Above: The pink pigeons’ first-ever captive breeding programme was established by Gerald Durrell, alongside the Mauritian Wildlife Foundation, National Parks and Conservation Service and Forestry Service. Photo: Gregory Guida

THREE PINK PIGEONS – descendants of individuals brought to Jersey Zoo by Gerald Durrell in the late 1970s – have been returned to their homeland of Mauritius.

Last month, three pink pigeons (Nesoenas mayeri) that were bred at Jersey Zoo joined Mauritius’s captive breeding programme with the aim of returning the species to the wild. The birds were accompanied on their translocation by Durrell Wildlife Conservation Trust’s (DWCT) deputy head of birds Harriet Whitford, who said: “Durrell has held this beautiful pigeon for 40 years and is incredibly proud to be returning these birds to ensure the genetic health, and survival of this enigmatic species in its homeland.

“This repatriation will hopefully be the first of many, and is an example of the vital role zoos can play in helping to prevent the extinction of a species.”

After its population declined rapidly due to deforestation and the introduction of invasive predators, the pink pigeon was brought back from the brink of extinction and is now celebrated as a true conservation success story.

Once in Mauritius, the birds spent up to four weeks in quarantine in an aviary of Bras d’Eau National Park before being sent to the Gerald Durrell Endemic Wildlife Sanctuary in Black River for the needs of the breeding programme.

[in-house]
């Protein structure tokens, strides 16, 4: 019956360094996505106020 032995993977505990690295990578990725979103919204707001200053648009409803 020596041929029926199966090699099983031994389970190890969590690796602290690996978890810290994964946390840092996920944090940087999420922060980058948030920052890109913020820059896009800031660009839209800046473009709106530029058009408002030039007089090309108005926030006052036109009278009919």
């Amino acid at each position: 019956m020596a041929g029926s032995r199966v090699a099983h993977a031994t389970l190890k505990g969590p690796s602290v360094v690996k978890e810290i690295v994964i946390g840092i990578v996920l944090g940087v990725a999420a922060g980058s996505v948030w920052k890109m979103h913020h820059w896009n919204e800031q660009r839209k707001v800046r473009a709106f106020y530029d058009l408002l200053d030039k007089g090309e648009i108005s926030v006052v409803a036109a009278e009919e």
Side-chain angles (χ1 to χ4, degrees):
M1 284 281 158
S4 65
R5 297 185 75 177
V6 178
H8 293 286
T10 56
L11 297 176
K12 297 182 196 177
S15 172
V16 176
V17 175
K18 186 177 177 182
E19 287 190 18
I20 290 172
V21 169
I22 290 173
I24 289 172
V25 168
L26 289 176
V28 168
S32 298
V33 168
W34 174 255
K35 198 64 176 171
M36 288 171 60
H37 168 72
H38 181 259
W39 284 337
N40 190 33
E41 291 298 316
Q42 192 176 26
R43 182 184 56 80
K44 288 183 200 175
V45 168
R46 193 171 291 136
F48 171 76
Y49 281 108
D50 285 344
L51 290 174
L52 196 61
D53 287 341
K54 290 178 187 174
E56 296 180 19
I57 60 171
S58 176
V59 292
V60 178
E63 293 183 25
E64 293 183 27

The species’ current population is reported to be stable at about 470 individuals in the wild; in 1990, only nine wild individuals were reported. Conservation efforts have resulted in the species being downlisted in 2018 from Endangered to Vulnerable on the IUCN Red List of Threatened Species.


Pink pigeon timeline

1976: During a visit to Mauritius, Gerald Durrell agrees with local authorities to assist in the conservation of endemic species, including the pink pigeon. It was agreed that Mr Durrell would bring back pink pigeons to Jersey Zoo.

1984: A trial release of pink pigeons is carried out at the Jardin Botanique de Pamplemousses on Mauritius.

1987: The first full release of pink pigeons takes place in Macchabée forest, Black River National Park.

May 1990, November 1992 and April 1997: Jersey Zoo sends pink pigeons back to Mauritius.

2000: The local population is estimated at 330 individuals and the species is downlisted to Endangered.

2011: Birds are released at Petrin, Black River National Park.

2016-2018: 30 birds are released at the Vallée de Ferney, Vieux Grand Port, and another 50 at Ebony Forest, Chamarel.

  2018: The population is estimated at about 450 individuals and the species is downlisted to Vulnerable.


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